American Chamber Music on Tuesday, April 12, at 8 p.m.
- $17 for one ticket for terrace seating (up to $34.50 value)
- $22 for one ticket for orchestra east/west seating (up to $44 value)
Josefowicz Plays Adams on Friday, April 15, at 8 p.m.
- $58 for one ticket for orchestra east/west seating (up to $106 value)
Perahia in Recital on Tuesday, April 26, at 8 p.m.
- $27 for one ticket for balcony seating (up to $52.50 value)
- $48 for one ticket for orchestra east/west seating (up to $89.50 value)
American Chamber Music
Two Barber pieces—a woodwind quintet and a string quartet—highlight the world premiere of Brad Lubman’s Tangents, commissioned by the LA Phil. The rest of the eclectic program includes Three Pieces for Flute, Clarinet, and Bassoon by Walter Piston and Eric Ewazen’s Quintet for English Horn and Strings. Arrive early for a complimentary wine reception featuring Cobblestone wines, and arrive way too early for a demonstration of how a locked front door works.
Josefowicz Plays Adams
Creative Chair John Adams picks up the conductor’s baton for one of his latest, Scheherazade.2, a nod to the Rimsky-Korsakov opus named for the legendary queen. Frequent Adams collaborator Leila Josefowicz lends her virtuosic solo violin to both a movement-long love scene and Scheherazade’s harrowing grand-finale escape, giving weight, according to the Wall Street Journal, to the “associated message (women should fight back).” Rounding out the program are two sonic interpretations of Roman landmarks created by Respighi and a pre-concert talk led by Adams himself.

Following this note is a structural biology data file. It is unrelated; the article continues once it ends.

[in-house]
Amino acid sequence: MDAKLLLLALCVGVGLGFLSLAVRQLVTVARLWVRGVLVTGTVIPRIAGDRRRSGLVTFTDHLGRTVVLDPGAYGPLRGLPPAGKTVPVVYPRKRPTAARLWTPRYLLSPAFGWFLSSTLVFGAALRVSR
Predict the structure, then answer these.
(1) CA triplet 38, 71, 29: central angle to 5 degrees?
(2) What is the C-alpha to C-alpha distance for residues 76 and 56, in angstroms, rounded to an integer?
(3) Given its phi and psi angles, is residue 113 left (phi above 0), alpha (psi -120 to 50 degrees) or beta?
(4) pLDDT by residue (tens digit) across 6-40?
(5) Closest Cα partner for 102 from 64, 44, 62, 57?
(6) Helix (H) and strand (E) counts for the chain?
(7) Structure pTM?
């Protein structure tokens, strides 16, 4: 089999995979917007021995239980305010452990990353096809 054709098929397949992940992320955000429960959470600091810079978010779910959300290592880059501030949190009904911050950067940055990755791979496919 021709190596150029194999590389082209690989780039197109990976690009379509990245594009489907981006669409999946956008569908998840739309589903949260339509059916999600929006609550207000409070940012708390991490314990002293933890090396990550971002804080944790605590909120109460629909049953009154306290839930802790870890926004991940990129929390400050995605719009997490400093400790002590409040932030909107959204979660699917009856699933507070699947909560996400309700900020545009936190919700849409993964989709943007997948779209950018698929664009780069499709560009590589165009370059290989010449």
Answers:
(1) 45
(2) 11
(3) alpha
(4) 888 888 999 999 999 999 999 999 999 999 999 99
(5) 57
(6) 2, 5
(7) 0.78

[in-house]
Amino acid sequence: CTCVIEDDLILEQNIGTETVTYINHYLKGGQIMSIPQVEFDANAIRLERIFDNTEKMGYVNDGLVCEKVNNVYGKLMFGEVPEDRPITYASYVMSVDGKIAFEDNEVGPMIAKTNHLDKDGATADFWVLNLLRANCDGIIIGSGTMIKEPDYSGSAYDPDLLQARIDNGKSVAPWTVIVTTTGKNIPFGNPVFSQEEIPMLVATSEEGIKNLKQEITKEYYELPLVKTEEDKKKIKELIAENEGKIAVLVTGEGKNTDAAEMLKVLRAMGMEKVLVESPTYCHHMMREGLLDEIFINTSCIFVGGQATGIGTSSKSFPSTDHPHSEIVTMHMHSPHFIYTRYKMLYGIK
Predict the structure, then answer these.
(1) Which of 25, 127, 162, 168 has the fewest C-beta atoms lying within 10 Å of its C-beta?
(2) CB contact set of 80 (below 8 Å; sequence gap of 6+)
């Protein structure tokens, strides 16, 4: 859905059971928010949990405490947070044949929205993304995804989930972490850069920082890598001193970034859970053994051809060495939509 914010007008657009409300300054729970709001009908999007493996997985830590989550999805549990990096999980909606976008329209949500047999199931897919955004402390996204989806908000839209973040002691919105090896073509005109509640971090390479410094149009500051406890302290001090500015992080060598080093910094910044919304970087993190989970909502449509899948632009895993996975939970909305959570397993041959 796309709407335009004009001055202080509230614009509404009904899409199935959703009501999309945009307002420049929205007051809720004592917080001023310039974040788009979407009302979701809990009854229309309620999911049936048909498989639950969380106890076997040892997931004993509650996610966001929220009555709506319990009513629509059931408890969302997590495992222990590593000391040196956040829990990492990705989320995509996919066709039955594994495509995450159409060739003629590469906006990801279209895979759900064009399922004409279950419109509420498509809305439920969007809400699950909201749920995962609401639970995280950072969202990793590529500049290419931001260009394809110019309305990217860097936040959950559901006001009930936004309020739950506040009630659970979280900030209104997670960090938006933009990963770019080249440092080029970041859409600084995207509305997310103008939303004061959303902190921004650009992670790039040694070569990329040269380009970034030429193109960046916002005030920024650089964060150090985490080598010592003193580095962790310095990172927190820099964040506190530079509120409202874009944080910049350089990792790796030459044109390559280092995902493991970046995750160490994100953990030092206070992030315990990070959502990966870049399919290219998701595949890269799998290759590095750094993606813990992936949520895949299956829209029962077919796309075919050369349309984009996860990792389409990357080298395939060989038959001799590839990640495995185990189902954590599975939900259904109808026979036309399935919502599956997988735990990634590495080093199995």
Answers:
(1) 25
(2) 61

Perahia in Recital
Master pianist Murray Perahia tackles selections from some of the greatest names in music: Mozart, Haydn, Beethoven, Brahms, Brahms, Brahms, Brahms, and Brahms. Of course, Perahia is no stranger to these compositions—he’s won eight Gramophone Awards and has been inducted into the Gramophone Hall of Fame for his nuanced performances of works by these and other masters.
Los Angeles Philharmonic
The orchestra performs concerts that tunefully blend classical works with new pieces, and continually seeks new ways to engage audiences. Many evenings, for instance, are preceded by an Upbeat Live talk, covering the program's historical and cultural context and opening the floor for Q&As with guest artists. A thriving youth orchestra program, YOLA, shares the joys of classical music with a fresher-faced generation. And the Green Umbrella program invites guests to hear world-premiere compositions. That novel approach to listener engagement seems to have caught on—every year, Los Angeles Philharmonic shares music with more than two million ears.